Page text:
According to Cap Times, Scott Walker’s plan to drug test the unemployed and food stamp recipients faces uphill battle.
Month: November 2014
Unemployment public hearing tomorrow
The unemployment advisory council and the Department of Workforce Development are holding a public hearing tomorrow, 13 November 2014, to take comments on unemployment law. The hearing will be in the afternoon and early evening from 2:30 to 4:30 and 5:30 to 7 PM.
In Madison, the location for the hearing will be:
The Pyle Center
702 Langdon Street
Check the DWD website for other locations. If you want to say something about how the state is handling unemployment law, here is your opportunity. See you there.
Veterans Day history
Hat tip to Daniel J.B. Mitchell, Professor-Emeritus at UCLA Anderson Graduate School of Management and UCLA Luskin School of Public Affairs, for this history lesson about veterans and unemployment.
Substantial fault equals negligence
In just two weeks time (a record turnaround), the Labor and Industry Review Commission issued a decision in the substantial fault case I just posted about a few days ago.
The decision deserves careful reading. There is no surprise here that the Commission found no misconduct. In failing to secure a wheelchair passenger, the Commission explained, the “employee did not willfully disregard this responsibility; it was an act of negligence” and that this “negligence was not of a severity to willful disregard of the employer’s interests.”
But, the Commission did find that this negligence constituted substantial fault. The Commission maintained in this decision: (1) that the reasonableness of the employer’s requirements is established as articulated (that is, on its face) and (2) that the employee has to demonstrate that the action at issue was beyond his or her reasonable control. For the Commission, the employee failed to satisfy this requirement. “The evidence does not show that the employee’s failure was a minor infraction, that the error was merely an inadvertence, of that she lacked sufficient skill, ability or equipment to perform her responsibility.”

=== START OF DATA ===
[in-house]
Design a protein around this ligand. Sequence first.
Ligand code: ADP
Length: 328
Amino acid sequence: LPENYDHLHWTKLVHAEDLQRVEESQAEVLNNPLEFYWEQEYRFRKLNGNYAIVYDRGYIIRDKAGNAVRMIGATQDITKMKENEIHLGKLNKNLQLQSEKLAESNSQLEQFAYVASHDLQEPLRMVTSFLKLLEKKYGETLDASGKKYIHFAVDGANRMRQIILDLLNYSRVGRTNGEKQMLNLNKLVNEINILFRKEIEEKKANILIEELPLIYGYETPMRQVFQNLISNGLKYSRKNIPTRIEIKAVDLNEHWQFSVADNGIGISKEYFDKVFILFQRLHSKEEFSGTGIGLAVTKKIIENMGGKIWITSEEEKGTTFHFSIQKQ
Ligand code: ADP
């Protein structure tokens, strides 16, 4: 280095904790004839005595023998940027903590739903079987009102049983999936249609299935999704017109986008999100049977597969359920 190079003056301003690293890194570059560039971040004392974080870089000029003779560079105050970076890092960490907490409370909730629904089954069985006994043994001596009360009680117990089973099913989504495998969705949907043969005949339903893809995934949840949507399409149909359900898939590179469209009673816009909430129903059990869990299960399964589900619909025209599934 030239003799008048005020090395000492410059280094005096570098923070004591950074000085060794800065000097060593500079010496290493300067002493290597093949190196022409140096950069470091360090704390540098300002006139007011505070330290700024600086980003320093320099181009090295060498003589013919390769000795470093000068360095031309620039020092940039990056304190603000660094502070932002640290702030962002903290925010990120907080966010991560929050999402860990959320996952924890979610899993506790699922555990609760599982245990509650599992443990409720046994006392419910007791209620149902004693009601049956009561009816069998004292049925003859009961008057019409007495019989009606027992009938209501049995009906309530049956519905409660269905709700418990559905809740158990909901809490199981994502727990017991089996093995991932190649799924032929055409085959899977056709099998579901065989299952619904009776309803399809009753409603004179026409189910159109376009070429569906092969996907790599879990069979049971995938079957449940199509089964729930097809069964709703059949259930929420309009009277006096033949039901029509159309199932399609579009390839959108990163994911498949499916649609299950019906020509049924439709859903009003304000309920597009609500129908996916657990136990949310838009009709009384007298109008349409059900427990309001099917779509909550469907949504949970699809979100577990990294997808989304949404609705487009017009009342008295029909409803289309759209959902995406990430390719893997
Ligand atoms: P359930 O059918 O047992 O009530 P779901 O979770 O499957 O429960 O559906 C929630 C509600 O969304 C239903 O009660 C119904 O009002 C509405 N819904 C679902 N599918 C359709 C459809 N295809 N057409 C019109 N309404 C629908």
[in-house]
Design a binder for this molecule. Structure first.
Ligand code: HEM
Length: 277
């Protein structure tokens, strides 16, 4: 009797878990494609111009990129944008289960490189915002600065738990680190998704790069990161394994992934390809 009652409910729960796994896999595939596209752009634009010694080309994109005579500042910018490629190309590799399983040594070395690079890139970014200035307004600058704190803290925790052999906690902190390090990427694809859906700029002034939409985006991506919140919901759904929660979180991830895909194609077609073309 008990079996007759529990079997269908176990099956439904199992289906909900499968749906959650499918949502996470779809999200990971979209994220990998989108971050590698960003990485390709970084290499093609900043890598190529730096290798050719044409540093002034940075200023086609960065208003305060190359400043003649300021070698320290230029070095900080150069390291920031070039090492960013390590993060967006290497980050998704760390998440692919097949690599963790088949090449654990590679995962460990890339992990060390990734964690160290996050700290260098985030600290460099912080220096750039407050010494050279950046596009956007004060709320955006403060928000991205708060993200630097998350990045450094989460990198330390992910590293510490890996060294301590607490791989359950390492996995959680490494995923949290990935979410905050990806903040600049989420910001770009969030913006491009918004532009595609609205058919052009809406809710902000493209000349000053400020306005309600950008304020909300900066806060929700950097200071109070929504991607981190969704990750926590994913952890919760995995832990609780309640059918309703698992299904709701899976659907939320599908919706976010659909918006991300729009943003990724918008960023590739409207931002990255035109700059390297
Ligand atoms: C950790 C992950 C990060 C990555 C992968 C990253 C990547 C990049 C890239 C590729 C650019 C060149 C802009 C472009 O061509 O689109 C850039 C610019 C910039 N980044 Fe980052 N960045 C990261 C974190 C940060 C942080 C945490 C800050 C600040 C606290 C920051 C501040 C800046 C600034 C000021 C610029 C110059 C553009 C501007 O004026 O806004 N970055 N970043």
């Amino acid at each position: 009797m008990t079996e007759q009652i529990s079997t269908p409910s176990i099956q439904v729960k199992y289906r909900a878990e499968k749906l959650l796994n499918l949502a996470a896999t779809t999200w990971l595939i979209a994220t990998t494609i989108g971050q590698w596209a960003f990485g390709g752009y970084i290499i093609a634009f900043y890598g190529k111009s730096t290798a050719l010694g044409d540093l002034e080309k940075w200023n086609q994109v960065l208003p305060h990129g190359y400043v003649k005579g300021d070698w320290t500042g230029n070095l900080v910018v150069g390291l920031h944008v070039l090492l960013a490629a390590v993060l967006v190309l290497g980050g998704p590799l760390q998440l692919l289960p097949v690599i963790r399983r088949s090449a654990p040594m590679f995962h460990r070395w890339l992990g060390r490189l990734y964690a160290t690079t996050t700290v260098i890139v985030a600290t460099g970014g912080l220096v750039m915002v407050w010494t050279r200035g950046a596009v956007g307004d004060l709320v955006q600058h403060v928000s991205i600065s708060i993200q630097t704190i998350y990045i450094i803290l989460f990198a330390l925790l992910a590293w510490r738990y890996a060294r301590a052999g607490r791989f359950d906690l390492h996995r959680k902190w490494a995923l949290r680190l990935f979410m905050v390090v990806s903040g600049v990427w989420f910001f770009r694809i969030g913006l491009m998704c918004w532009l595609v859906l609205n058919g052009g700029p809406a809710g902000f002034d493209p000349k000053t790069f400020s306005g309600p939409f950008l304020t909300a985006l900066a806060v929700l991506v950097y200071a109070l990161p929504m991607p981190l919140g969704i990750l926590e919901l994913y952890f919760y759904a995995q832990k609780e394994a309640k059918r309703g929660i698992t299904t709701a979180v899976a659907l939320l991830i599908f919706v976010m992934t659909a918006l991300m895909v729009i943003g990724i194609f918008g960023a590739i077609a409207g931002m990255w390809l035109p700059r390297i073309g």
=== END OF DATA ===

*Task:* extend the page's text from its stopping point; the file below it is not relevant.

There are two problems here with the Commission’s reasoning. First, the Commission is placing the burden of proof on claimants to demonstrate they satisfy one of the three caveats to avoid a finding of substantial fault rather than having employers first show that the action at issue truly is something the employee should be expected to have reasonable control over. Second, and more troubling, the Commission is holding here that a negligent act disqualifies someone from unemployment benefits. As a result, this decision could possibly threaten the tax credits employers currently qualify for.
There are a few but very important federal requirements that state unemployment systems must satisfy in order for the employers in those states to qualify for tax credits. See 6 U.S.C. § 3302 (federal tax credits for employer’s contributions to state unemployment funds). One of these requirements is that:
(10) compensation shall not be denied to any individual by reason of cancellation of wage credits or total reduction of his benefit rights for any cause other than discharge for misconduct connected with his work, . . .
6 U.S.C. § 3304(a).
If the Secretary of Labor finds that a state is not meeting this requirement, then that lack of compliance means the tax credit goes away. So, the Commission, by holding that substantial fault is in actuality substantially less stringent than the misconduct standard, may have effectively ended a vital tax savings for employers. For a measure originally intended to reduce the unemployment benefits being paid out, the new substantial fault standard may now cost employers much more through higher taxes.